In the realm of law, naturalism leads to a belief in positive law. Since everything is evolving, there is no fixed order, no fixed standard of justice (such as the Ten Commandments), no eternal Law Giver (such as God), and not even any natural law. The law is what we make it. Crime becomes the fault of society, and criminals must be re-educated, which explains why prisons are now labeled “correctional facilities.” This also leads to the centralization of power in the state, for the state is the instrument used to make and enforce laws.

Economically, naturalism often proceeds to socialism or communism. Notice what the Communist Manifesto promotes:

1. Abolition of property in land and application of all rents of land to public purposes.

2. A heavy progressive or graduated income tax.

3. Abolition of all right of inheritance.

4. Confiscation of the property of all emigrants and rebels.

5. Centralisation of credit in the hands of the State, by means of a national bank with State capital and an exclusive monopoly.

6. Centralisation of the means of communication and transport in the hands of the State.

7. Extension of factories and instruments of production owned by the State; the bringing into cultivation of waste-lands, and the improvement of the soil generally in accordance with a common plan.

8. Equal liability of all to labour. Establishment of industrial armies, especially for agriculture.

9. Combination of agriculture with manufacturing industries; gradual abolition of the distinction between town and country, by a more equable distribution of the population over the country.

10. Free education for all children in public schools. Abolition of children's factory labour in its present form. Combination of education with industrial production, &c., &c.

As can be seen from this list, Marxism also has ramifications for society and the family. The same could be said for any naturalistic system. Marx’s collaborator Engels wrote The Origin of the Family, Private Property, and the State. In this work, he described how to do away with monogamy and advance a “return” to group marriage. He basically described four steps to be taken:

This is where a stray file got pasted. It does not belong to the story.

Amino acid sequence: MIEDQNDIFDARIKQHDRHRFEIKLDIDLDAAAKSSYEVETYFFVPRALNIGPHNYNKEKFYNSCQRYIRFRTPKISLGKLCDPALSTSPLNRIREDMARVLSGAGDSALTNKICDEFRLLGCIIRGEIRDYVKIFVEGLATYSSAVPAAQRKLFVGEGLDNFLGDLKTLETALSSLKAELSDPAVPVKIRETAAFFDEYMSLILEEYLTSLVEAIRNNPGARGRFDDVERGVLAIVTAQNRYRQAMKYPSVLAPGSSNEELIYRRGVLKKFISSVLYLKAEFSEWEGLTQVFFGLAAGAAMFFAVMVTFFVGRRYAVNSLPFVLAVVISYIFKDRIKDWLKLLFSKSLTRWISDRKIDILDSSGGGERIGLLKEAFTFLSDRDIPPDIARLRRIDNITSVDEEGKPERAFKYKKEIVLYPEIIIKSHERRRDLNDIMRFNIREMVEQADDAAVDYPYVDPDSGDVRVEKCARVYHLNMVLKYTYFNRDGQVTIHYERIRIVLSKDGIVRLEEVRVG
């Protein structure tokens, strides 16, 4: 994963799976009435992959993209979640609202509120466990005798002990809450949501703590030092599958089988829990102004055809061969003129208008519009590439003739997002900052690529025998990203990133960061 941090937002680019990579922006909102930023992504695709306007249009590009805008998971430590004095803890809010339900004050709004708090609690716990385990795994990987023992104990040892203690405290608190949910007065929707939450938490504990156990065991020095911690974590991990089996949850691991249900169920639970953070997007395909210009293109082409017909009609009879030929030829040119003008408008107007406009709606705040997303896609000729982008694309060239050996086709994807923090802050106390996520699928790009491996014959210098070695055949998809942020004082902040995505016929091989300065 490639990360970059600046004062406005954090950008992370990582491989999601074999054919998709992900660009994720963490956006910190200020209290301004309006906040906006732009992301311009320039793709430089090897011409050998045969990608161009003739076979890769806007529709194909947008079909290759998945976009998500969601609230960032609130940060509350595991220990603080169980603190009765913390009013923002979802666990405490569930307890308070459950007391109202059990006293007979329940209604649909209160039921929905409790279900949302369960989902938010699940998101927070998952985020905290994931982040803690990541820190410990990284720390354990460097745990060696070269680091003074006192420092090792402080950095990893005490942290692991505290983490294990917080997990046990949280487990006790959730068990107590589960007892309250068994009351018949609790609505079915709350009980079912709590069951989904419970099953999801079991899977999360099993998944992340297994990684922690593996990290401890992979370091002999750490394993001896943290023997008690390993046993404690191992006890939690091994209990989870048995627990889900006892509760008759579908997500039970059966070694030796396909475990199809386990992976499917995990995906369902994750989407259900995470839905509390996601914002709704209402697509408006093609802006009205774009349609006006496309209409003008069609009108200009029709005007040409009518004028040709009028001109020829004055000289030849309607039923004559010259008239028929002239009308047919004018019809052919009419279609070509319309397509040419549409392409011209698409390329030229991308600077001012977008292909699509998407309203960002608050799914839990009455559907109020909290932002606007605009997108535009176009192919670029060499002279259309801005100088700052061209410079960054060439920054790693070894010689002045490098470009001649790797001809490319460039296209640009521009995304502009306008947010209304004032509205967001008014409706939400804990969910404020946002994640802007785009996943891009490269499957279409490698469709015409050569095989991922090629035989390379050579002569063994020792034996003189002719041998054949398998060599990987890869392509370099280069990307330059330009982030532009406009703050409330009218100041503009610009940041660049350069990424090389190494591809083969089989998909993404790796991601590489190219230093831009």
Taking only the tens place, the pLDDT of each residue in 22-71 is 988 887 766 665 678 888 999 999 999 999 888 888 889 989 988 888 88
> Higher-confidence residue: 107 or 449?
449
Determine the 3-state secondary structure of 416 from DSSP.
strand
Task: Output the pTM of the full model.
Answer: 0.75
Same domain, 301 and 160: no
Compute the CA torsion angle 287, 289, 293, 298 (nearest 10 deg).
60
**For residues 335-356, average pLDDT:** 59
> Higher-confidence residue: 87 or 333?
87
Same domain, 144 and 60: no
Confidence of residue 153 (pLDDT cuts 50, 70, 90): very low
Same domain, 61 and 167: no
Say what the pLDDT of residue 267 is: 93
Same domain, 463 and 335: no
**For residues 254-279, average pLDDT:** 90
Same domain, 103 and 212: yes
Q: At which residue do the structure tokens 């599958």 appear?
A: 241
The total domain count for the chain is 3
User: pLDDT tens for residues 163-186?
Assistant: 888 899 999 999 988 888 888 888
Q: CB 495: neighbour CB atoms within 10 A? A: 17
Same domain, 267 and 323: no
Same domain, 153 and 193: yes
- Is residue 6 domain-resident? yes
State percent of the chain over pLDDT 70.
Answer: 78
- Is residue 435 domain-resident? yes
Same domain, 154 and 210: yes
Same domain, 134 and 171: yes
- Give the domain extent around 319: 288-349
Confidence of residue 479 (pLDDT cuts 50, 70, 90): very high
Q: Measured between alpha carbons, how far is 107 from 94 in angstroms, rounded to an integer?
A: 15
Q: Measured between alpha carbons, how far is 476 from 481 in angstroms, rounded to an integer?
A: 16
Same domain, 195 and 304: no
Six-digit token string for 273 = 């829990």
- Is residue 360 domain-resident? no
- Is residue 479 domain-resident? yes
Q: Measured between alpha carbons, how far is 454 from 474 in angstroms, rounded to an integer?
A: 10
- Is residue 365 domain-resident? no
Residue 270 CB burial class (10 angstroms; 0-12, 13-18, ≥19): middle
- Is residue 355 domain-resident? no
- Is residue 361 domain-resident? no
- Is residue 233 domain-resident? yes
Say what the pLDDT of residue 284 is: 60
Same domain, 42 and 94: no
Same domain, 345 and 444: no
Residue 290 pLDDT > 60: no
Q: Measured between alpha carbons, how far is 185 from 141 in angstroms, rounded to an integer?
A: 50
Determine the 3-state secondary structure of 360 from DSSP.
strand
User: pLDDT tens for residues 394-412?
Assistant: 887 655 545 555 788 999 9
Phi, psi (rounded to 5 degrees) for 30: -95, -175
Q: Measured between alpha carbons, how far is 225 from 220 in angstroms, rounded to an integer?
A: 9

1. Put all women into outside labor. “The emancipation of women is primarily dependent on the reintroduction of the whole female sex into the public industries.”

2. Socialize property. “With the transformation of the means of production into collective property the monogamous family ceases to be the economic unit of society. The private household changes to a social industry. The care and education of children becomes a social matter.”

3. Institute free love. “Will not this be sufficient cause for…a more unconventional intercourse of the sexes and a more lenient public opinion regarding virgin honor and female shame?”

4. And start with ‘no fault’ divorce. “If marriage founded on love is alone moral, then it follows that marriage is moral only as long as love lasts.”[v]

Thankfully, our country did not succumb to a Marxist form of government and society. However, the ideas of Darwinian naturalism have percolated and spread to become ubiquitous. And, in fact, the major public alternative to socialism in America is libertarianism or individualism, which is also rooted in naturalism. This thinking says that personal autonomy is the ultimate good; therefore, morality must conform. Moral discussions in our country now debate not what is right and wrong per se, but what is right for me and wrong for me. “Who are you to tell me what I can and can’t do in my own private life?” is the common refrain. Therefore, for example, we can legally justify murdering millions of unborn babies in the name of personal choice. Such evidence points clearly to the fact that America is effectively naturalistic in its form of government and society, even though we reject Marxism.

The major engine for the spread of these ideas has been the public school system. As children of the Reformation in Europe, American Christians from the very beginning have stressed education. Thus most evangelicals supported public schooling in America in its initial stages, without recognizing that it was, in effect, the social replacement for the disestablished churches. It was the institution which was to transmit and inculcate the vision of life which would unify the nation. Public education of necessity sought to incorporate generic moral principles stripped of their doctrinal foundations. D. G. Hart is correct that that this “generic religion dissolved fairly rapidly the vestiges of Christendom….”[vi] Yet some far sighted American Christians recognized this problem long before most people. A. A. Hodge lectured on this in the 1880’s: